Faster time is also a come-on on ferries that have close time departures. If there is a FastCat that is promising a 2.5hr sailing time in a route then dumb is the passenger of private car owner which will opt for a 4-hour sailing. Well maybe if he is related to the owner or the Captain then it is forgivable. That is the reason why then I do not take the slow Maharlika II in the Liloan-Lipata route since Super Shuttle Ferry 18 will overtake it even if it left later and I have the benefit of a ship with better accommodations. But in shorter routes the sailing time difference will be not that much great and the come-on of greater speed will be less. The time consumed waiting in the port will be the more decisive factor then.

That is why the FastCat is dangerous for the old-style ferries and even to new Starlite Ferries. Speed is their ace. I have heard that even in the Batangas-Calapan route some now opt for the FastCat rather than the SuperCat because at 17 knots versus 22 knots the travel time difference in the 24nm route is not that great and yet there is a significant difference in fare as in almost double while their facilities are just about the same. So even the High Speed Crafts which gulp a lot of fuel and do not carry any significant volume of cargo is threatened by them.

A view of some of the old-style ferries of the competition or possible competition, same size class and engine size:

King Frederick 56.8 m x 14.0m, 2400hp, 13.5 knots when new

Nelvin Jules 56.8 m x 14.0m, 2400hp, 13.5 knots when new

Maria Zenaida 54.0m x 11.4m, 2400hp, 12.5 knots when new

Reina Genoveva 59.9m x 11.0m, 2600hp, 14 knots when new

Reina Hosanna 59.9m x 11.0m, 2600hp, 14 knots when new

Super Shuttle Ferry 12 53.0m x 10.4m, 2700hp, 14 knots when new

Lite Ferry 15 60.3m x 11.4m, 2600hp, 14 knots when new

Starlite Navigator 57.3m x 13.5m, 2400hp, 14 knots when new

Lite Ferry 1 48.7m x 11.0m, 2000hp, 13.5 knots when new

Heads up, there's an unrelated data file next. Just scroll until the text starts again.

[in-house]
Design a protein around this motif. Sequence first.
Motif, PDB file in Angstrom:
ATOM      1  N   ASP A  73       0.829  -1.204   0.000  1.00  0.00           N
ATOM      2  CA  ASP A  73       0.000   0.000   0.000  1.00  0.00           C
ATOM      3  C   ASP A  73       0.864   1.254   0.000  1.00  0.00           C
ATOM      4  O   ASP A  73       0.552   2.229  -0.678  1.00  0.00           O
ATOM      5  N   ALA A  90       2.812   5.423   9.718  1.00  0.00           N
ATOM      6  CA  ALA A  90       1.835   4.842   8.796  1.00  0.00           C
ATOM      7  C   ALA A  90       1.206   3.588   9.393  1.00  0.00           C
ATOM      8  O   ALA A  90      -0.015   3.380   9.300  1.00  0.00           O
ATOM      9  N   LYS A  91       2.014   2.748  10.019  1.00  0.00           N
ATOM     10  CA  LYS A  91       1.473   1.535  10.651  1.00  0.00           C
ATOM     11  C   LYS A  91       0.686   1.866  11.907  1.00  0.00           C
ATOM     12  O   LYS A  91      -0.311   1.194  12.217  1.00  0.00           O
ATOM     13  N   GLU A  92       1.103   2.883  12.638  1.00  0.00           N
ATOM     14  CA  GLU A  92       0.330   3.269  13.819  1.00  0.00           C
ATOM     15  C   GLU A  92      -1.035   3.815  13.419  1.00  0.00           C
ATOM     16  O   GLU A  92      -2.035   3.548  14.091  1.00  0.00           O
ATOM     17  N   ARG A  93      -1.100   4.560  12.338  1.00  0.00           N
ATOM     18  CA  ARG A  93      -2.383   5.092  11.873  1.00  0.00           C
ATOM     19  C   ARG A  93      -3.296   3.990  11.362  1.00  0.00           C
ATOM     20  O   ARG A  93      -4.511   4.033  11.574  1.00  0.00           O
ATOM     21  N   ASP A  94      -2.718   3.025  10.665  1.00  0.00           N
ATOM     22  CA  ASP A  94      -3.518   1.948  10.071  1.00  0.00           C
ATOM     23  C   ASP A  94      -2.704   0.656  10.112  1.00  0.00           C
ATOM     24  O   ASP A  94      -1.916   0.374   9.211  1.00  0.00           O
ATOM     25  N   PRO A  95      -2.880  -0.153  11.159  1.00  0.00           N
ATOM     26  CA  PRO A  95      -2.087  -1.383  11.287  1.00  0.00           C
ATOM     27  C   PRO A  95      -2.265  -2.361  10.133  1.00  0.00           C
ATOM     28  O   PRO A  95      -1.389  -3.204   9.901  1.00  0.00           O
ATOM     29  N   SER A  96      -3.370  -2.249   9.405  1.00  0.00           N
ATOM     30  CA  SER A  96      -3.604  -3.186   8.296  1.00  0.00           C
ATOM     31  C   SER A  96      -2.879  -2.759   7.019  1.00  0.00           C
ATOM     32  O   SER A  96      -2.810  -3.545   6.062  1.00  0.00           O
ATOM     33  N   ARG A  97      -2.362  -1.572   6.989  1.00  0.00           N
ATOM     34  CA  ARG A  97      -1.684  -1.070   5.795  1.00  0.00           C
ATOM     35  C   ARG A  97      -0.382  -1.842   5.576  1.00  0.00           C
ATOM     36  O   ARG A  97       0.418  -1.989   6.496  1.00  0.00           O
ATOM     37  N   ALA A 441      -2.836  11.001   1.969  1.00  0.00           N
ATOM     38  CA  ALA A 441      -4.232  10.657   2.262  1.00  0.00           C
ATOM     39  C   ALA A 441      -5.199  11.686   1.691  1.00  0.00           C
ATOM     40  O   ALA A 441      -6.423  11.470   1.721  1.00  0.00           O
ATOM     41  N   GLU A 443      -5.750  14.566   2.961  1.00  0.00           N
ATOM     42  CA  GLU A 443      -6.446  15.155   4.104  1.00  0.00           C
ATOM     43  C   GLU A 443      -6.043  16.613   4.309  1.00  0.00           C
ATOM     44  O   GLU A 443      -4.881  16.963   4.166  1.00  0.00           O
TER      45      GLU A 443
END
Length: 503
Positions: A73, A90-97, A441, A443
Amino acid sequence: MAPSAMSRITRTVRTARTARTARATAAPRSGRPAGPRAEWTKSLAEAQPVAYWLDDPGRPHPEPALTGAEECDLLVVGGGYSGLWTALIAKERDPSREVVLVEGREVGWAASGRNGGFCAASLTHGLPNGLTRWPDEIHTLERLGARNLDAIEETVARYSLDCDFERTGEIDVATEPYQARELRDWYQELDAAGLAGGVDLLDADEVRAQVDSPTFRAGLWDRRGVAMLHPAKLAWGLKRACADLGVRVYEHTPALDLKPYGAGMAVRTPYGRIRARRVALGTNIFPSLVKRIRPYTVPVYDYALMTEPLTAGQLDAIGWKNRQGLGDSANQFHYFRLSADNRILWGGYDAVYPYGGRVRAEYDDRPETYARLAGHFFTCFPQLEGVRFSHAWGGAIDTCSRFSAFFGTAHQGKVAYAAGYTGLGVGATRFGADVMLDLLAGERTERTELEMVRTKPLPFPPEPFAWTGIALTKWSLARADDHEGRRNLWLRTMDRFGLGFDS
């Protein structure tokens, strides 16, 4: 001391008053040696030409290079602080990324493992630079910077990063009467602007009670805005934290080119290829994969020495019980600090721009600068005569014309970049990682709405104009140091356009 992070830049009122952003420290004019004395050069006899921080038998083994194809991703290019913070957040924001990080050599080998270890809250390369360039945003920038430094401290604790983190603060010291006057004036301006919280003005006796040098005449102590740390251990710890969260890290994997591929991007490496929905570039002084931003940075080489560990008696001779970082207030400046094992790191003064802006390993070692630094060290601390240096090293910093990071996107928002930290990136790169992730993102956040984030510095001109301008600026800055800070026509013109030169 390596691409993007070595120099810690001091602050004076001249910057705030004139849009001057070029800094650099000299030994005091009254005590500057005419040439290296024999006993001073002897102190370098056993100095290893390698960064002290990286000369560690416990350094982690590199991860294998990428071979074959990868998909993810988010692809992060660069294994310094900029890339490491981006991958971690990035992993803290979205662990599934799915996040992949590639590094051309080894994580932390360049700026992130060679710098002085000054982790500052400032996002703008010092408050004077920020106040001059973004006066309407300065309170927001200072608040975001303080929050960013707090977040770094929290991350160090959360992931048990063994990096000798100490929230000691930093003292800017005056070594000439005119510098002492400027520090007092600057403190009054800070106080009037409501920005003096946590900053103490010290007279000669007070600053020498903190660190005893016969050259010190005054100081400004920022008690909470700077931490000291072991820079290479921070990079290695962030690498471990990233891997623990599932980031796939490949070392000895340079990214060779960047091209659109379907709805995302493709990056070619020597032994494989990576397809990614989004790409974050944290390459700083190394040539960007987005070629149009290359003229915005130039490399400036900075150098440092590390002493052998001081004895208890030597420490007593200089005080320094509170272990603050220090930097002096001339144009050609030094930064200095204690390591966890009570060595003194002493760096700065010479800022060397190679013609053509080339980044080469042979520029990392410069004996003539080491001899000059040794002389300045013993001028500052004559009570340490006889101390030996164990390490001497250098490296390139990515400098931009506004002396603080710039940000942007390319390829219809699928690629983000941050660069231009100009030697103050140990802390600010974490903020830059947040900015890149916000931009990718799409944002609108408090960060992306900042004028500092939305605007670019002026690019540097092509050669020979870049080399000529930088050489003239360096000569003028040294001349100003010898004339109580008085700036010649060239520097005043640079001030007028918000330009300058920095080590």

Lite Ferry 7 50.8m x 10.8m, 2000hp, 14 knots when new

Maria Helena 49.0m x 12.2m, 2000hp, 14 knots when new

Maria Rebecca 49.9m x 13.2m, 2000hp, 13.5 knots when new

Hansel Jobett 51.1m x 14.0m, 2000hp, 13.5 knots when new

Star Ferry III 46.4m x 11.5m, 2000hp, 13.5 knots when new

Those ferries are already 1.5 knots down, on the average, from their speed when new. And those 2,000hp ferries will be using more fuel now per nautical mile than the 2600-horsepower FastCats. Even when new it is not sure they were consuming less fuel because of their higher weight and drag. Those 2,600-horsepower ferries will be definitely consuming much more fuel now than the FastCats.

Note also the difference in the breadth which translates to lane-meters of rolling cargo. Those ferry sampling have on the average a greater passenger capacity than the FastCats especially since all except one have two passenger decks. But on ROROs the rolling cargo earn a disproportionate share of the revenues compared to passengers and FastCats have one or two more lanes for vehicles compared to that sampling. And if the passenger capacity of the FastCats will prove lacking then another passenger compartment can be added to the vacant side of the vessel. So sometimes it is said that the FastCats are not full but their rolling cargo load might already “full” if compared to the load of that sampling which has a narrower and smaller vehicle deck than the FastCats.

There are short-distance ferry-ROROs that are in the 60-meter class that can run at 14-14.5 knots true speed if they want but on the average these feature engines that are on the average are bigger as in nearly 1,000 horsepower more. The fuel consumption difference compared to the FastCats will even be greater and actually they might be one truck longer than the FastCats but still the rolling cargo capacity of the FastCats are bigger. A sampling:

Maria Felisa 57.4m x 13.0m, 3600hp, 15.5 knots when new

Maria Vanessa 57.4m x 13.0m, 3600hp, 15.5 knots when new

Maria Oliva 64.3m x 13.5m, 3200hp, 16 knots when new

Maria Ursula 61.4m x 14.0m, 3400hp, 16 knots when new

Reina de los Angeles 60.9m x 12.8m, 3600hp, 16 knots when new

Anthon Raphael 61.4m x 14.0m, 3400hp, 15.5 knots when new

For sure this set consumes a lot more fuel than the FastCats and there is still a 2.5-3-knot disadvantage.